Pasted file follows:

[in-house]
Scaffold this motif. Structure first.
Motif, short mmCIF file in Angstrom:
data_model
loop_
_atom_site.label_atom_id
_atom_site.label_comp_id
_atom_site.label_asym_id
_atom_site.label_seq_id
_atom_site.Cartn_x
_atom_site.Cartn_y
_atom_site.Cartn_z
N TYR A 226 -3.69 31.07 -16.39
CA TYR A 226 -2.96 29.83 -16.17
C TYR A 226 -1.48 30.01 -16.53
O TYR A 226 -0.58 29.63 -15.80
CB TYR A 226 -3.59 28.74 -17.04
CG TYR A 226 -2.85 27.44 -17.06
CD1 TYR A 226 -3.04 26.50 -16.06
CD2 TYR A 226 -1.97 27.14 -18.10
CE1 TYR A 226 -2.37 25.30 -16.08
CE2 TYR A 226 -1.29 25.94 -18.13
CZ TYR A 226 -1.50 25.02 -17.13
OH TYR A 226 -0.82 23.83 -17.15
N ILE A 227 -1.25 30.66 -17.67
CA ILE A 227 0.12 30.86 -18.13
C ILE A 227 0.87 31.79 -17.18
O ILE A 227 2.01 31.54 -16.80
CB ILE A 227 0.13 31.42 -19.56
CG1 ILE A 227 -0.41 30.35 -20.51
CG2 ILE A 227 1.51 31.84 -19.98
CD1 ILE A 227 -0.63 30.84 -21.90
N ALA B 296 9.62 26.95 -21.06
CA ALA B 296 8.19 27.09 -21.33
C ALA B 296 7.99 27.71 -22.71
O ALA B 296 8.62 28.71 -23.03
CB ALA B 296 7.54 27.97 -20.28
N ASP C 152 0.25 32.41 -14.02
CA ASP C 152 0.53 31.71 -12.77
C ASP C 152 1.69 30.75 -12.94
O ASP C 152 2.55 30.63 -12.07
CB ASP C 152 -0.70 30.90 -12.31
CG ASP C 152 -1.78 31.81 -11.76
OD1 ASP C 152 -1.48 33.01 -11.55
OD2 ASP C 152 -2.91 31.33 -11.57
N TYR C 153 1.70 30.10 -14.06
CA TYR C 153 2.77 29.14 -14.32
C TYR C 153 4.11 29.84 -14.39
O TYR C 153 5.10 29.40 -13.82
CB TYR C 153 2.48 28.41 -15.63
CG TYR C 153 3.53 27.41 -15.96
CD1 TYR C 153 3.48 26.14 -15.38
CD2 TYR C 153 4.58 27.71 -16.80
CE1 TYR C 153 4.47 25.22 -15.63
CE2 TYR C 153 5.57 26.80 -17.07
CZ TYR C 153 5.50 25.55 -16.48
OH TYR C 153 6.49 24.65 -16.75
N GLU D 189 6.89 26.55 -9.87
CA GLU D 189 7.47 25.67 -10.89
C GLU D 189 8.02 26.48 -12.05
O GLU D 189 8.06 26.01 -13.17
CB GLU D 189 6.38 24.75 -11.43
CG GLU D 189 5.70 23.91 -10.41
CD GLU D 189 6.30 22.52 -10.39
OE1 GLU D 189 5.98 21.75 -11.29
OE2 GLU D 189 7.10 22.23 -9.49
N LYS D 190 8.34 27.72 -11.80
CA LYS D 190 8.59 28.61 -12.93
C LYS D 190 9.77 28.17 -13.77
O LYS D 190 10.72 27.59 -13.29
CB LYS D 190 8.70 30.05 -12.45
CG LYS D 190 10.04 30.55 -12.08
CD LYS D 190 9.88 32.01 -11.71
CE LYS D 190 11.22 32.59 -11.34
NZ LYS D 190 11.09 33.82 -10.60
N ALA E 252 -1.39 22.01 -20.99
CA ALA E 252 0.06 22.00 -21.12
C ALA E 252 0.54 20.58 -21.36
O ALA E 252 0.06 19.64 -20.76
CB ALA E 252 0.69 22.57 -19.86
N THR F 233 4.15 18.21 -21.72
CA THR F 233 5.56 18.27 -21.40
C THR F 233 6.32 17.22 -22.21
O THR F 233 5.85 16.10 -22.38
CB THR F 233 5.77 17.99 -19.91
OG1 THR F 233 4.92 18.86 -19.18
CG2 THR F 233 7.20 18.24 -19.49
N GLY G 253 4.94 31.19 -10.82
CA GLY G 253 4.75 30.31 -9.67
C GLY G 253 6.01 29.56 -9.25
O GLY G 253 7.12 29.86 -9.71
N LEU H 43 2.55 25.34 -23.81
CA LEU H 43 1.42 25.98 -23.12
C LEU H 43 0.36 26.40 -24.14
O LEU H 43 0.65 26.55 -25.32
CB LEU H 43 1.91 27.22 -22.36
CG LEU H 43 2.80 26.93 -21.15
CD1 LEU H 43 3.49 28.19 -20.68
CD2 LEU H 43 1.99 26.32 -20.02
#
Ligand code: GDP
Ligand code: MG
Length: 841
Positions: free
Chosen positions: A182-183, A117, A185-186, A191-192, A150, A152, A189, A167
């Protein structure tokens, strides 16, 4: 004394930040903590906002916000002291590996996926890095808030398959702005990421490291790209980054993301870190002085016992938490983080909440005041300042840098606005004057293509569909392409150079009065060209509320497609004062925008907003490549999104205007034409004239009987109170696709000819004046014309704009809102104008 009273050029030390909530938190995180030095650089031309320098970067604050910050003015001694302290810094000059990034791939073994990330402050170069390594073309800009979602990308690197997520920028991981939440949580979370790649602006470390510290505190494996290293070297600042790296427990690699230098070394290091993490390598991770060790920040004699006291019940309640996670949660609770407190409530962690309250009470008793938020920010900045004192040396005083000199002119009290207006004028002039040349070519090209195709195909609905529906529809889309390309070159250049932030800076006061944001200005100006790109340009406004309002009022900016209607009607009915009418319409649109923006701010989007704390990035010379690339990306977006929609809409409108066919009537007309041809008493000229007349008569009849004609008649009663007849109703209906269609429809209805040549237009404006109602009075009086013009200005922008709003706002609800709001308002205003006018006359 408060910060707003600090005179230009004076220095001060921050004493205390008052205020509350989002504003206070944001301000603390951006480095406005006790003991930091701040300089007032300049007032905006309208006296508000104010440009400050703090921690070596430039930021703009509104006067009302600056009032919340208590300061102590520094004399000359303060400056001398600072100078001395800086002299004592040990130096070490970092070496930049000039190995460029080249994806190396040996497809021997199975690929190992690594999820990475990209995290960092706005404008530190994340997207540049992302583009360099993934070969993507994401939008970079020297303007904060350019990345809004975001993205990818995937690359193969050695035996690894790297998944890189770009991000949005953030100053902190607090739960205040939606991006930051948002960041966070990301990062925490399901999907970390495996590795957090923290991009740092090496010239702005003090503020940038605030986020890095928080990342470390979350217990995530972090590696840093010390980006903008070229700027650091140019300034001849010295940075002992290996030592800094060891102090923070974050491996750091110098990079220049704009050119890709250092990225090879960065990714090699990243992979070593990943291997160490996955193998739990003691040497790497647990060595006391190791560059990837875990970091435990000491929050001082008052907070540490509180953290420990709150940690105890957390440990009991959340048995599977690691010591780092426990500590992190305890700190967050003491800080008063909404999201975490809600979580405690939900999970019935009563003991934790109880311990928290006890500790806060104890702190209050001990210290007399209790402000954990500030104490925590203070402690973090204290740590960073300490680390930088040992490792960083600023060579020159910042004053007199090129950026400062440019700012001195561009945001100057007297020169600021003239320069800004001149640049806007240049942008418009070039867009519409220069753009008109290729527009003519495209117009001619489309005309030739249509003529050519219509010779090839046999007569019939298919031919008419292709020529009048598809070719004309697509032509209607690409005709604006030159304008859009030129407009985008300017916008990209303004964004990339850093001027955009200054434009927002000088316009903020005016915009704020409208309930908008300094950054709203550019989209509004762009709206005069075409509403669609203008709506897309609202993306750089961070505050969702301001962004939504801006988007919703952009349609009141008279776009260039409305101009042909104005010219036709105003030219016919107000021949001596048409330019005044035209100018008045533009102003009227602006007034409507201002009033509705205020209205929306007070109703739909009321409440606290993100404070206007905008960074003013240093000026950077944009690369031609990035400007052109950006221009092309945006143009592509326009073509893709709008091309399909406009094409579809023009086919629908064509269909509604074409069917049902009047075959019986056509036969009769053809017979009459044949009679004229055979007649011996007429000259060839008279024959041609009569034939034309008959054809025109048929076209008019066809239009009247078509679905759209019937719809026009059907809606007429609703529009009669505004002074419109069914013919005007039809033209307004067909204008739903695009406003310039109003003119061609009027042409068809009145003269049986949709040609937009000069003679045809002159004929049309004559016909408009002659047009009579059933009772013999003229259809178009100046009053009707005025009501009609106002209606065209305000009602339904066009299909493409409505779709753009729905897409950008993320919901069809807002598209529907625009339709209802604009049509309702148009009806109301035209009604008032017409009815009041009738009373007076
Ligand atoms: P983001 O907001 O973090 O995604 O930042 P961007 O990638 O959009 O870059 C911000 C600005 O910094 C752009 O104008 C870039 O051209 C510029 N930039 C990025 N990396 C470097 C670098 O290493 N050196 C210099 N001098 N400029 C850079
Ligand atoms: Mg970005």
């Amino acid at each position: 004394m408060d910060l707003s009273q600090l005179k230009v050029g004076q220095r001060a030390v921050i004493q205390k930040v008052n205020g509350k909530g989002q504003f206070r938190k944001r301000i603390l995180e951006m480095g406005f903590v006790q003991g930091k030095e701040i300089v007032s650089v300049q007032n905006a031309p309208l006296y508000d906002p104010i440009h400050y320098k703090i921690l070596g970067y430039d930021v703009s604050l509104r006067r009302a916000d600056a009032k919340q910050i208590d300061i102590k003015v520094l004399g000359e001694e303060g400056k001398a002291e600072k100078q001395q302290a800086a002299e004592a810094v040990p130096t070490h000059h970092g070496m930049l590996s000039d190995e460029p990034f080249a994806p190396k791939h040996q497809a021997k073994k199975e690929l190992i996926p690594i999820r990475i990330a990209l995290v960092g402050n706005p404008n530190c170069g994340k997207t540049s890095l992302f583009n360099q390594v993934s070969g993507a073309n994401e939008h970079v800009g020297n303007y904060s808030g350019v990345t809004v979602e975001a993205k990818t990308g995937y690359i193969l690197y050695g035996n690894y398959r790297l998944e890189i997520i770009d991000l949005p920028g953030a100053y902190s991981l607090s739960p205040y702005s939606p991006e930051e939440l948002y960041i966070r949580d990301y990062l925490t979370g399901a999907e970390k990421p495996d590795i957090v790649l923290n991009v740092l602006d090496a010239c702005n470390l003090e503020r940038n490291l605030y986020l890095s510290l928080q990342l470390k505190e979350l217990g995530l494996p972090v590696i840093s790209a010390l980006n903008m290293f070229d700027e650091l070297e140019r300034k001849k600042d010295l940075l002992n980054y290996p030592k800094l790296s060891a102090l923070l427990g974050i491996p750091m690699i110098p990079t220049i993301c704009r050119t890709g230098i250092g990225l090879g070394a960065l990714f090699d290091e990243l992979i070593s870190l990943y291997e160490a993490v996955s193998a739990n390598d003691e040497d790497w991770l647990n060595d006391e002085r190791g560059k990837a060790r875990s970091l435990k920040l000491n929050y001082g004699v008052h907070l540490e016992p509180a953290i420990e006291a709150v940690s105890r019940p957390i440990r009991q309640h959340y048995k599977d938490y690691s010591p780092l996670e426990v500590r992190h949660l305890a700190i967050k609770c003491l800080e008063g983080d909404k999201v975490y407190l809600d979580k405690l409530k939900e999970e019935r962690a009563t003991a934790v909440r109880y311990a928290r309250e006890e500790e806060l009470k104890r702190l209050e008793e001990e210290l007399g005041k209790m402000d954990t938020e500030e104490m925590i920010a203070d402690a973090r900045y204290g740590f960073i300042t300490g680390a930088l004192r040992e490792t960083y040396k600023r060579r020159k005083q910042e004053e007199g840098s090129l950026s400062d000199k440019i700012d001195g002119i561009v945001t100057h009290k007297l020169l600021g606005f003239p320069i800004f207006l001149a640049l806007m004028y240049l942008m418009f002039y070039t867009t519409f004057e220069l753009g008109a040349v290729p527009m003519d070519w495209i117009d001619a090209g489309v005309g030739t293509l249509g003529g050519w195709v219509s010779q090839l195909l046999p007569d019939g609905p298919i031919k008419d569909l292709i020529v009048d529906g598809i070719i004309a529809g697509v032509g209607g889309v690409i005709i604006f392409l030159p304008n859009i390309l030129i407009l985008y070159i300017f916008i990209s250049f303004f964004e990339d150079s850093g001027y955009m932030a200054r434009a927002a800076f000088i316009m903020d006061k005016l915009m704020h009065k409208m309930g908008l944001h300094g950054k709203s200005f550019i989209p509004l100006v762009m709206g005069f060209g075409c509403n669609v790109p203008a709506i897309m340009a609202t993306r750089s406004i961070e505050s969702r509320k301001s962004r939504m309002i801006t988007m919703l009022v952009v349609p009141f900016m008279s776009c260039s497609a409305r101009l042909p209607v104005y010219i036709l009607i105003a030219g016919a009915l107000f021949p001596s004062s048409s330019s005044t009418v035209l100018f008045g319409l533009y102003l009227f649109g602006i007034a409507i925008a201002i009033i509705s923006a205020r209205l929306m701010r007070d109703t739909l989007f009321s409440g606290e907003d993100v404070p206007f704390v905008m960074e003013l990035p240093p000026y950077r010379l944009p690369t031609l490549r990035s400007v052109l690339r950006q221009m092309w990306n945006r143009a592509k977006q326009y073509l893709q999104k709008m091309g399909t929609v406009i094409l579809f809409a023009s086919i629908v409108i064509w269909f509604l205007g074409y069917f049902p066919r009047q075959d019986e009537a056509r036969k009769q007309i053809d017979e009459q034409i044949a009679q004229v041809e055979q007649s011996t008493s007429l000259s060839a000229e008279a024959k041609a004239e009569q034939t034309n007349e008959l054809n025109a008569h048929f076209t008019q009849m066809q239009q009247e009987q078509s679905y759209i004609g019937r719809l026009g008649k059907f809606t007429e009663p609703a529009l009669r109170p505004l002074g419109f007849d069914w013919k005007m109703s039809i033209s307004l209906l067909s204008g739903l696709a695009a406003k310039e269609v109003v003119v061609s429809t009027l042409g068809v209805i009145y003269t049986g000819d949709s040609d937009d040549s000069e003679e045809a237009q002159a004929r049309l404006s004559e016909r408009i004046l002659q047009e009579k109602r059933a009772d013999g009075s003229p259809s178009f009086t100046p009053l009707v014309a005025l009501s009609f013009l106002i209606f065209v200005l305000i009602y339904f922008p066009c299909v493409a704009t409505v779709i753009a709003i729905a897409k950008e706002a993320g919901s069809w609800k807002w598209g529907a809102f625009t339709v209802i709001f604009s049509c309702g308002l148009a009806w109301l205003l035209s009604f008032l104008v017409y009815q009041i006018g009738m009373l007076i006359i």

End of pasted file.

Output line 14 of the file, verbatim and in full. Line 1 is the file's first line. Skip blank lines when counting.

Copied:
CA TYR A 226 -2.96 29.83 -16.17